Today, Arup has committed to undertaking whole lifecycle carbon assessments for all its buildings projects – new and retrofit – from next year.
The firm has also announced it will not be taking on any new energy commissions involving the extraction, refinement, or transportation of hydrocarbon-based fuels except the manufacture of hydrogen, which it considers a part of the transition to a net zero future.
Arup’s commitment to whole lifecycle carbon assessments is significant because the global built environment sector is the source of almost 40% of global carbon emissions (1). Yet it has been estimated that less than 1% of buildings projects are currently evaluated in a way that quantifies the scale and source of carbon emissions generated during their lifespans – a step that is essential if the most effective decarbonisation actions are to be identified.
Adopting whole lifecycle carbon assessment is the crucial next step that will allow the global buildings sector to progress toward 50% carbon emissions reduction by 2030, argues Arup, and to contribute meaningfully to the Paris Agreement’s goal of preventing global warming from exceeding 1.5°C.
Arup believes the insights it will gain from conducting thousands of whole lifecycle carbon assessments each year, from April 2022, will help the built environment sector advance toward net zero. It is also committed to developing a methodology to extend whole lifecycle carbon assessments to its infrastructure work for clients without delay.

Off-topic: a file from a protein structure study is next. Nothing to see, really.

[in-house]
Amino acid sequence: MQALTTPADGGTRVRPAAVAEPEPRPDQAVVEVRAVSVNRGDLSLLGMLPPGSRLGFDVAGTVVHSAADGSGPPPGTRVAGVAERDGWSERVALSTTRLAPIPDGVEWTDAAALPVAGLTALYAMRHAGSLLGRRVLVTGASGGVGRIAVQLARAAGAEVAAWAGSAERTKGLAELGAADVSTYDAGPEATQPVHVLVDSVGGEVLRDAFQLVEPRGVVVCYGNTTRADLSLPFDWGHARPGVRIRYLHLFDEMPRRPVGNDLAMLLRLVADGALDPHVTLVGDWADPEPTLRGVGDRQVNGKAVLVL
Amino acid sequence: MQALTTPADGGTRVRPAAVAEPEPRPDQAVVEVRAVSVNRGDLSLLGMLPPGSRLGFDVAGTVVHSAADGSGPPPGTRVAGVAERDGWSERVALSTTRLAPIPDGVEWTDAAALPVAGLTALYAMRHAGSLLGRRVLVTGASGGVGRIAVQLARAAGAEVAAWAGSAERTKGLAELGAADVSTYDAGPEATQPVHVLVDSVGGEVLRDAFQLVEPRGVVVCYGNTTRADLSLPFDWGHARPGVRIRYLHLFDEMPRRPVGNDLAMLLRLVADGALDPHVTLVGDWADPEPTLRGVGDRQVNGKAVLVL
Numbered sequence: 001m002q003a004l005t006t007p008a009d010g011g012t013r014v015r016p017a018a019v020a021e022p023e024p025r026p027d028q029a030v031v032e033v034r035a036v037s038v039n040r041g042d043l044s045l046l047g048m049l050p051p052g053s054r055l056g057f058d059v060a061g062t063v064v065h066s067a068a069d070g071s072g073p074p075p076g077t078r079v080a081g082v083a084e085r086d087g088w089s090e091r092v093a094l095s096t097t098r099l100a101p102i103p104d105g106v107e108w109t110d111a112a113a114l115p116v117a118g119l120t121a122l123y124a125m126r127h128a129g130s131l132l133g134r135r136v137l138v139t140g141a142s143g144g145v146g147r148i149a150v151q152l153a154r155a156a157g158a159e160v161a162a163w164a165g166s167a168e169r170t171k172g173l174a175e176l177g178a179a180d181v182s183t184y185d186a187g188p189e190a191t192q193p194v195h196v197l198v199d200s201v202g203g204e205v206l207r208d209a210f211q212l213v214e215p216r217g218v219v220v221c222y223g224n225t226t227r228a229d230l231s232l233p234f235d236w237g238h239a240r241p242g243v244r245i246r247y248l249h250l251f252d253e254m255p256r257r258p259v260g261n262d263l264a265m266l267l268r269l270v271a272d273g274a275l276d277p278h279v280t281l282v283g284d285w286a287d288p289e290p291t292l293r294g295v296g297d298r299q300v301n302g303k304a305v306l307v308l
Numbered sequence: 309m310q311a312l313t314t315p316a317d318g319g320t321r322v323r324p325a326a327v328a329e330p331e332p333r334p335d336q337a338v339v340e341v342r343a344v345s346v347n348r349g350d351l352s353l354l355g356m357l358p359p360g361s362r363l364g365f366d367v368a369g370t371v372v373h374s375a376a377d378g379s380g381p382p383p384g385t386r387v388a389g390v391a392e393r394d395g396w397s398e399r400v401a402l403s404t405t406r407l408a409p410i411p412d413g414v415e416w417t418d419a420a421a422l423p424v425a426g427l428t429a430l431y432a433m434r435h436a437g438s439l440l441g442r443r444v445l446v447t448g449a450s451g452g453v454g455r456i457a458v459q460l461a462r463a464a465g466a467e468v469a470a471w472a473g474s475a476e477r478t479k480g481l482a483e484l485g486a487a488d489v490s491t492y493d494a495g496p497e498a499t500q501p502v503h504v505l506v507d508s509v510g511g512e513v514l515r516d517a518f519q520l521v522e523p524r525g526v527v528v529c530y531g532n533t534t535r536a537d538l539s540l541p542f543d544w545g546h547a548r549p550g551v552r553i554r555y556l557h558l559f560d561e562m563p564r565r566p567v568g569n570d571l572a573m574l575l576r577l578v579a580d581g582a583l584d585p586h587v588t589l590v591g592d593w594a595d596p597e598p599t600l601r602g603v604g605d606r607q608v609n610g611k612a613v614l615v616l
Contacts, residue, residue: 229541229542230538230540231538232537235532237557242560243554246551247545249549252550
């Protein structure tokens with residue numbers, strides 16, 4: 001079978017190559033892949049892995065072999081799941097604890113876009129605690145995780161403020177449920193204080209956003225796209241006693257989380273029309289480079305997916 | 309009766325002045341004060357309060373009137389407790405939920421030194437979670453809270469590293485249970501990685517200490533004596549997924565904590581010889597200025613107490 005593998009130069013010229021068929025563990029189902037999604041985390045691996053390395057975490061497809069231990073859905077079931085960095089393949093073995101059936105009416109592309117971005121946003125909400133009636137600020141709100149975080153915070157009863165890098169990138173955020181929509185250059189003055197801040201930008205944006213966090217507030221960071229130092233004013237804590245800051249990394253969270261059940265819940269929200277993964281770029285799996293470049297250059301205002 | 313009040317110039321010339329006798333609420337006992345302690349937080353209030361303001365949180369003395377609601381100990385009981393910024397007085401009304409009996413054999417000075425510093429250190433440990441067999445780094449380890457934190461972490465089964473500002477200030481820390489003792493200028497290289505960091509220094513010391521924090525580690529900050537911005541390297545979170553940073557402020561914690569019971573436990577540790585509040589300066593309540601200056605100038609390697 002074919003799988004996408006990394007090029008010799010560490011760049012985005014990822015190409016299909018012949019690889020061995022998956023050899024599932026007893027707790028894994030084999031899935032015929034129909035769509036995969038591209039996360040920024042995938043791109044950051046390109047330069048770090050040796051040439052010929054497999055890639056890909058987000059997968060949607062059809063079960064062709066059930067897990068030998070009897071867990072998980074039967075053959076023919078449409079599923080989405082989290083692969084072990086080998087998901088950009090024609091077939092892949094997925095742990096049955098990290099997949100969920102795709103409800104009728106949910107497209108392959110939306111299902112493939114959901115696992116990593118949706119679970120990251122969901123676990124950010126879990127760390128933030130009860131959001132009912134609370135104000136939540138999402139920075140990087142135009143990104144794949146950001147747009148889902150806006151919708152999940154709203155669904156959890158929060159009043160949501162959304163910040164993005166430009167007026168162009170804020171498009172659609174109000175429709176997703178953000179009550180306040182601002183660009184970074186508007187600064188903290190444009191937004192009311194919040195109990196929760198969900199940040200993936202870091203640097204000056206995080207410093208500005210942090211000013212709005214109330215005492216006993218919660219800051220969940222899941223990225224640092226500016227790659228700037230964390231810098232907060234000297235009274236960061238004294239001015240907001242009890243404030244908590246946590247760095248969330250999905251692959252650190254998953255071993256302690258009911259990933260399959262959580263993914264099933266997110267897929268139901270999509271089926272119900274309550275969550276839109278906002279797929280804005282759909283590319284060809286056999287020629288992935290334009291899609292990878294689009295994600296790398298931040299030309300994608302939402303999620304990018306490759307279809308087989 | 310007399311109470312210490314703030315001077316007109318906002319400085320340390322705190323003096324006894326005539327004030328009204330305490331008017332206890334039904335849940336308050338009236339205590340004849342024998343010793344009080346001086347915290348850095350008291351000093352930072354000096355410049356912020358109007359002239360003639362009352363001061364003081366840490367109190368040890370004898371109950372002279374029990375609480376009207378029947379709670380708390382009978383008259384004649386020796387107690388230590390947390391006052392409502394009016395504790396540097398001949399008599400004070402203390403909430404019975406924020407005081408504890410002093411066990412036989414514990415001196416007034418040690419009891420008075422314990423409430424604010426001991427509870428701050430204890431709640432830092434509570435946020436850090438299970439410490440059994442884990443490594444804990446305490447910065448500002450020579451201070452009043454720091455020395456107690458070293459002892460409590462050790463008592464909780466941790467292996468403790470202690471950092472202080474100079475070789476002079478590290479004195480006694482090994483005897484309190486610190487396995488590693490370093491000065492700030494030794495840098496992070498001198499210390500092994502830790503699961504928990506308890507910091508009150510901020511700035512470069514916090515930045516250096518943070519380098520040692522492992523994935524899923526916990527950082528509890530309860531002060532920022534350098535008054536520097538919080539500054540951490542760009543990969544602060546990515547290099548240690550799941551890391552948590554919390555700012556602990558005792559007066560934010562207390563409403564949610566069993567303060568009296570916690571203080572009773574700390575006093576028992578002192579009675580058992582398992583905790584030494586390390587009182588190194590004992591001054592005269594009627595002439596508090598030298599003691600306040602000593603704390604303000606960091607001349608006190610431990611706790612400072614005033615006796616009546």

Crucially, whole lifecycle carbon assessments incorporate both embodied and operational carbon. In a recent report, Arup and the World Business Council for Sustainable Development suggested that as much as 50% of the whole lifecycle carbon emissions from buildings come from embodied carbon – generated from the manufacturing and transport of materials and the construction process (2). Yet embodied carbon remains routinely overlooked by the built environment sector.